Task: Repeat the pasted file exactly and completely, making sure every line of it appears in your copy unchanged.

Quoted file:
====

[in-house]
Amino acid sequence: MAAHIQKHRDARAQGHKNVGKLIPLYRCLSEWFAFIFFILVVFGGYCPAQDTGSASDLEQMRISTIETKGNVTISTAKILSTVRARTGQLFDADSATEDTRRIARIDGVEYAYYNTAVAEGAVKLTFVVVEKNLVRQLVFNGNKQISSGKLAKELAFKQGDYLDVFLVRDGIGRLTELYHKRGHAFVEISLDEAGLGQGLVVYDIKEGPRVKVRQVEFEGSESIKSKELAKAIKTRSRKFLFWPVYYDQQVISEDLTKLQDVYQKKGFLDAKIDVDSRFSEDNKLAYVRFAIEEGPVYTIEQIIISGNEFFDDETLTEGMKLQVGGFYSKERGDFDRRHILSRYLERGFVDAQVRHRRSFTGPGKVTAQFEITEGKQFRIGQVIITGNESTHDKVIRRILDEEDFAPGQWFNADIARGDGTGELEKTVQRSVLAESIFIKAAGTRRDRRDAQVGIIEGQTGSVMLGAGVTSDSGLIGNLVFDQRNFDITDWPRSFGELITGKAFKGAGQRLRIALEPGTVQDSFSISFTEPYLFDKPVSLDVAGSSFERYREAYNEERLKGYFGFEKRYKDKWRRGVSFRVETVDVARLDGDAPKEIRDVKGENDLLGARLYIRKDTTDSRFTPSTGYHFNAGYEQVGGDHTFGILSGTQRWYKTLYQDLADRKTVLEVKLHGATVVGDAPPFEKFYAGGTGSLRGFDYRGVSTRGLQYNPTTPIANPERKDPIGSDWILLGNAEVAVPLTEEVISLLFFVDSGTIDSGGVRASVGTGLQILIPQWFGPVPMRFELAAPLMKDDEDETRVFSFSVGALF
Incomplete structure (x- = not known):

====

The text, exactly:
[in-house]
Amino acid sequence: MAAHIQKHRDARAQGHKNVGKLIPLYRCLSEWFAFIFFILVVFGGYCPAQDTGSASDLEQMRISTIETKGNVTISTAKILSTVRARTGQLFDADSATEDTRRIARIDGVEYAYYNTAVAEGAVKLTFVVVEKNLVRQLVFNGNKQISSGKLAKELAFKQGDYLDVFLVRDGIGRLTELYHKRGHAFVEISLDEAGLGQGLVVYDIKEGPRVKVRQVEFEGSESIKSKELAKAIKTRSRKFLFWPVYYDQQVISEDLTKLQDVYQKKGFLDAKIDVDSRFSEDNKLAYVRFAIEEGPVYTIEQIIISGNEFFDDETLTEGMKLQVGGFYSKERGDFDRRHILSRYLERGFVDAQVRHRRSFTGPGKVTAQFEITEGKQFRIGQVIITGNESTHDKVIRRILDEEDFAPGQWFNADIARGDGTGELEKTVQRSVLAESIFIKAAGTRRDRRDAQVGIIEGQTGSVMLGAGVTSDSGLIGNLVFDQRNFDITDWPRSFGELITGKAFKGAGQRLRIALEPGTVQDSFSISFTEPYLFDKPVSLDVAGSSFERYREAYNEERLKGYFGFEKRYKDKWRRGVSFRVETVDVARLDGDAPKEIRDVKGENDLLGARLYIRKDTTDSRFTPSTGYHFNAGYEQVGGDHTFGILSGTQRWYKTLYQDLADRKTVLEVKLHGATVVGDAPPFEKFYAGGTGSLRGFDYRGVSTRGLQYNPTTPIANPERKDPIGSDWILLGNAEVAVPLTEEVISLLFFVDSGTIDSGGVRASVGTGLQILIPQWFGPVPMRFELAAPLMKDDEDETRVFSFSVGALF
Incomplete structure (x- = not known):